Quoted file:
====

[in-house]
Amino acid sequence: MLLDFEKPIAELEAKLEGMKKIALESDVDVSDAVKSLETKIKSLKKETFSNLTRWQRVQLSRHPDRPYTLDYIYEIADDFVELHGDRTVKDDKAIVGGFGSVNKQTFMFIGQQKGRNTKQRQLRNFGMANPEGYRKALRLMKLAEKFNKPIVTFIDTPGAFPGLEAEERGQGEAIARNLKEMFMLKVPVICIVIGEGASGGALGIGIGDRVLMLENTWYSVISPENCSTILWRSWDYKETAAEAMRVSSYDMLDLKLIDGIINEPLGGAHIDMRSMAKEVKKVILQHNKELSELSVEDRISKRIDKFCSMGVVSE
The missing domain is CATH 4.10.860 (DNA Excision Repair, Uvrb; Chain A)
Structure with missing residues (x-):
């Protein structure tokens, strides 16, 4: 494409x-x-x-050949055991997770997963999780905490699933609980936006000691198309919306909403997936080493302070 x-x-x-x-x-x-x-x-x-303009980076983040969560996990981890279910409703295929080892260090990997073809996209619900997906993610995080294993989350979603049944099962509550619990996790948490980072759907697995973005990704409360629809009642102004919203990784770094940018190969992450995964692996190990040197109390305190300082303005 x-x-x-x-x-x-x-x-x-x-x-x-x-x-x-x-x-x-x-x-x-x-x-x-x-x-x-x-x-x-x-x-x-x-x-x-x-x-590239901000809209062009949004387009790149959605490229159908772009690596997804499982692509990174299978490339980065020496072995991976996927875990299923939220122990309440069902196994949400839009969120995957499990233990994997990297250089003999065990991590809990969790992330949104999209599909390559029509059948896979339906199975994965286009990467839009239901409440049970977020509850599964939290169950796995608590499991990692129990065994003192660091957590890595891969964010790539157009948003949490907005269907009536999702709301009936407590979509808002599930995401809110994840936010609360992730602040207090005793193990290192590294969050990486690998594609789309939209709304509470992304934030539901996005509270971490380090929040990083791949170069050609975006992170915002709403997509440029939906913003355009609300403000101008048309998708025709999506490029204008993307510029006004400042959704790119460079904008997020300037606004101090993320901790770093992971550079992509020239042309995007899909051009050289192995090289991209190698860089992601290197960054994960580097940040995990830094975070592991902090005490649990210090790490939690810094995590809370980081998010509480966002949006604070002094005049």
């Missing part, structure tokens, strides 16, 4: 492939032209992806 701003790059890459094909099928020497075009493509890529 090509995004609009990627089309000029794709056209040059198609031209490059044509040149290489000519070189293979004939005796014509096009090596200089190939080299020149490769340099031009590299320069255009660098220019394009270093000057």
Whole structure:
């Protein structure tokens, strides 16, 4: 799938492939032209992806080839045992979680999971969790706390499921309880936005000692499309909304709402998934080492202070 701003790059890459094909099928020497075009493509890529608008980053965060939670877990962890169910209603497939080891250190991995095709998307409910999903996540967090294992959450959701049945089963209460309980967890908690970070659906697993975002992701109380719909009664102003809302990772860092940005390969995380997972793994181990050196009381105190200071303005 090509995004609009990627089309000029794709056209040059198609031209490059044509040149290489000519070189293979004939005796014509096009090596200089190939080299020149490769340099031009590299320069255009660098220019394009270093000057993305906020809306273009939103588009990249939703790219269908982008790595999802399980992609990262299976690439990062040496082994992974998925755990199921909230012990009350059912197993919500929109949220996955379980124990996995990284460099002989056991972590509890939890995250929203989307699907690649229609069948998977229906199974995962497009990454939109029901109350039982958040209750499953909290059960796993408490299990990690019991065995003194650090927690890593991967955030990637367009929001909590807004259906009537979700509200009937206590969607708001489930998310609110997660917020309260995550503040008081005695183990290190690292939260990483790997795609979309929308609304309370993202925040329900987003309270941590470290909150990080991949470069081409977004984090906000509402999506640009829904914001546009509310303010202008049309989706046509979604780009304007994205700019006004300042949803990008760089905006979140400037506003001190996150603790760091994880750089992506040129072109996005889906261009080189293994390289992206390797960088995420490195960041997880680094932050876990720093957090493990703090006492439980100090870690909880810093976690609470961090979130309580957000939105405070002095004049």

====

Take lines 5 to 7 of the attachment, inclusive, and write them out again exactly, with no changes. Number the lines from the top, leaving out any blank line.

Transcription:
């Protein structure tokens, strides 16, 4: 494409x-x-x-050949055991997770997963999780905490699933609980936006000691198309919306909403997936080493302070 x-x-x-x-x-x-x-x-x-303009980076983040969560996990981890279910409703295929080892260090990997073809996209619900997906993610995080294993989350979603049944099962509550619990996790948490980072759907697995973005990704409360629809009642102004919203990784770094940018190969992450995964692996190990040197109390305190300082303005 x-x-x-x-x-x-x-x-x-x-x-x-x-x-x-x-x-x-x-x-x-x-x-x-x-x-x-x-x-x-x-x-x-x-x-x-x-x-590239901000809209062009949004387009790149959605490229159908772009690596997804499982692509990174299978490339980065020496072995991976996927875990299923939220122990309440069902196994949400839009969120995957499990233990994997990297250089003999065990991590809990969790992330949104999209599909390559029509059948896979339906199975994965286009990467839009239901409440049970977020509850599964939290169950796995608590499991990692129990065994003192660091957590890595891969964010790539157009948003949490907005269907009536999702709301009936407590979509808002599930995401809110994840936010609360992730602040207090005793193990290192590294969050990486690998594609789309939209709304509470992304934030539901996005509270971490380090929040990083791949170069050609975006992170915002709403997509440029939906913003355009609300403000101008048309998708025709999506490029204008993307510029006004400042959704790119460079904008997020300037606004101090993320901790770093992971550079992509020239042309995007899909051009050289192995090289991209190698860089992601290197960054994960580097940040995990830094975070592991902090005490649990210090790490939690810094995590809370980081998010509480966002949006604070002094005049």
């Missing part, structure tokens, strides 16, 4: 492939032209992806 701003790059890459094909099928020497075009493509890529 090509995004609009990627089309000029794709056209040059198609031209490059044509040149290489000519070189293979004939005796014509096009090596200089190939080299020149490769340099031009590299320069255009660098220019394009270093000057």
Whole structure: